Distill all of this down and it hopefully becomes clear that NPP should play a major role in medical education. But that’s not enough. NPP needs to be informed by customer needs and preferences. It needs to be all about the end user. Not us. Not our clients. Not their brands. The only way to truly connect with busy audiences is to be relevant—and personalized NPP can help!

It all comes down to a few simple steps:

  1. Know your audience: who they are, what they need, what they want, and where they go to get it (ie, research and segmentation)
  2. Provide content  that fits the bill (Content Strategy: aka, audit and assess what you have, make more based on customer interest, need, and where they are in their learning continuum)
  3. Come up with a channel plan (Integrated MCM/Digital and Media Strategy) based on your audiences’ attitudes and behaviors
  4. Launch your program, measure it, share out response data to interested stakeholders (that’s analytics and closed-loop marketing)
  5. Revise and refresh based on response (customer-centric content and channel optimization)

Of course this is a highly simplified broad brushstroke of the approach. But it can be applied to any traditional medical education initiative. And you should tap into our experts at OCHWW in these attendant disciplines to help you. A lot of effort and expertise goes into developing a smart program that drives the kinds of results you and your clients are looking for.

Let’s use an example: Think about your activities at medical congresses. Are you conducting a symposium there? A product theatre? If so, how are you driving targeted audiences to your event?

This is where NPP can help. Build out an ecosystem around your congress engagement, populated with appropriate drivers such as email, direct mail, door drops at local hotels, onsite posters at the congress that trigger augmented reality video clips, onsite geo-fencing alerts that remind congress visitors about your symposia, and so on. You should also consider pull-through tactics post engagement, such as emails that can speak to attendees and non-attendees differently: “Here’s a summary of your congress experience,”  or, “Sorry you missed the symposia—here’s a synopsis of the event.”

Obviously, your event  content and activities should be informed by customer need and feedback. To make the symposium a success it should be about something that healthcare audiences would find useful and want to hear about. And, you should use your ability to connect with audiences at congresses to encourage opt-in for CRM. That is, registration for ongoing and improved customized service based on user needs and wants.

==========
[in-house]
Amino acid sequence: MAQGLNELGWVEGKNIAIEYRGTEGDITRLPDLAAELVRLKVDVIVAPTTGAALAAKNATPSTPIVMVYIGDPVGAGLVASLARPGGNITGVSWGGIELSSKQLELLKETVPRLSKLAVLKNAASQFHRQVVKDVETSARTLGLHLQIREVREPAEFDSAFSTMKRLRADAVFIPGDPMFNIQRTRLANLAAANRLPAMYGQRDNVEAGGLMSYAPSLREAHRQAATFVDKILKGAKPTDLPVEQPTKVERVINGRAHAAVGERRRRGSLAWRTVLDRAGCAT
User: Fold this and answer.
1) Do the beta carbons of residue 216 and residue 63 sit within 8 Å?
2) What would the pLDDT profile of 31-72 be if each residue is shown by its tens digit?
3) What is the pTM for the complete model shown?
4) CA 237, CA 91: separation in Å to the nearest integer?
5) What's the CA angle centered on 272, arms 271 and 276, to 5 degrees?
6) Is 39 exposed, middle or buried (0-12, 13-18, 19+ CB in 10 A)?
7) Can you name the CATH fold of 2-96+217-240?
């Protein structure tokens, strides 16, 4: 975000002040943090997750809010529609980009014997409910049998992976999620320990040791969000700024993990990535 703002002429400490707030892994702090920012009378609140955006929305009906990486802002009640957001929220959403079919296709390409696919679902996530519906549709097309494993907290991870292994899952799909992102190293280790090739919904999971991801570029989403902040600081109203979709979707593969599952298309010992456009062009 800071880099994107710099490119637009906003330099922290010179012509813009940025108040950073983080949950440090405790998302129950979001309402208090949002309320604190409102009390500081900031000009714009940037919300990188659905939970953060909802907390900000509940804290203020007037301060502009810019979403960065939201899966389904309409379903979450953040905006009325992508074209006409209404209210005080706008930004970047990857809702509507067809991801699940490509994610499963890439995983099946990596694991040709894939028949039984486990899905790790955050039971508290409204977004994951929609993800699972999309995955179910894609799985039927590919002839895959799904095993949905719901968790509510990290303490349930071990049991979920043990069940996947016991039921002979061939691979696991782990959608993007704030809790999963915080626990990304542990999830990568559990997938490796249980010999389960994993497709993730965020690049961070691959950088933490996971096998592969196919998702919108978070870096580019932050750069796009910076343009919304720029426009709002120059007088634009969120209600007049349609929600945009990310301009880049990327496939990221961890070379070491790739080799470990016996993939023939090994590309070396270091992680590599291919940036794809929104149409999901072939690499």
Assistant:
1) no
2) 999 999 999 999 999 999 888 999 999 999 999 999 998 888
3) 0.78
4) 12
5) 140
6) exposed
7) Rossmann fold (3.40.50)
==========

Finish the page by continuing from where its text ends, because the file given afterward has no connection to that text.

Can you use a KOL to help you get their attention in driver tactics and at the symposia? Do it. Thought-leader driven programs achieve a better success metric. Can you package your one congress meeting into a larger “umbrella program” to help frame an improved value prop and keep their interest over time? Of course you can. It all depends on whether it makes sense for your audience, your brand, and your customer (and maybe your budget).

Interested in learning more? Visit your friendly neighborhood Medical Education staffer and we’d be glad to spend time to understand your brand and customer needs to come up with a plan that works for you. Remember, we’re personalizing NPP, so this isn’t a cut and paste. But we, and our partners in the Relationship Marketing Center of Excellence, can be your glue that brings it all together!

Questions? Comments? You can contact the author directly at blog@ochww.com.
Please allow 24 hours for response.

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Multi-Screen Is the New “Mobile First”

screensFor the past few years, “Mobile first!” has been the rally cry of marketers. The idea was to design websites and ads to work on mobile devices first to account for the growing smartphone- and tablet-using audience. But mobile first is already obsolete; if your strategy doesn’t have multiple screens in mind, then your strategy is out-of-date.

Time spent on mobile devices is steadily increasing. Throughout the day, consumers are moving seamlessly back and forth between many devices, from laptops to smartphones to tablets to TVs. In fact, 90% of consumers start a task on one device and finish it on another. Oftentimes consumers are using more than one device at a time, fluidly flipping back and forth between screens.

This complexity in user behavior makes it imperative for marketers to embrace a multi-device strategy, not just a mobile-first one.

You must now develop ads that work across these multiple devices. The ads should seamlessly leverage the characteristics of each device for optimal user experience. Additionally, where consumers used to be focused on one device at a time, now they are on multiple devices simultaneously, so messaging needs to adapt to the multi-device paradigm as well.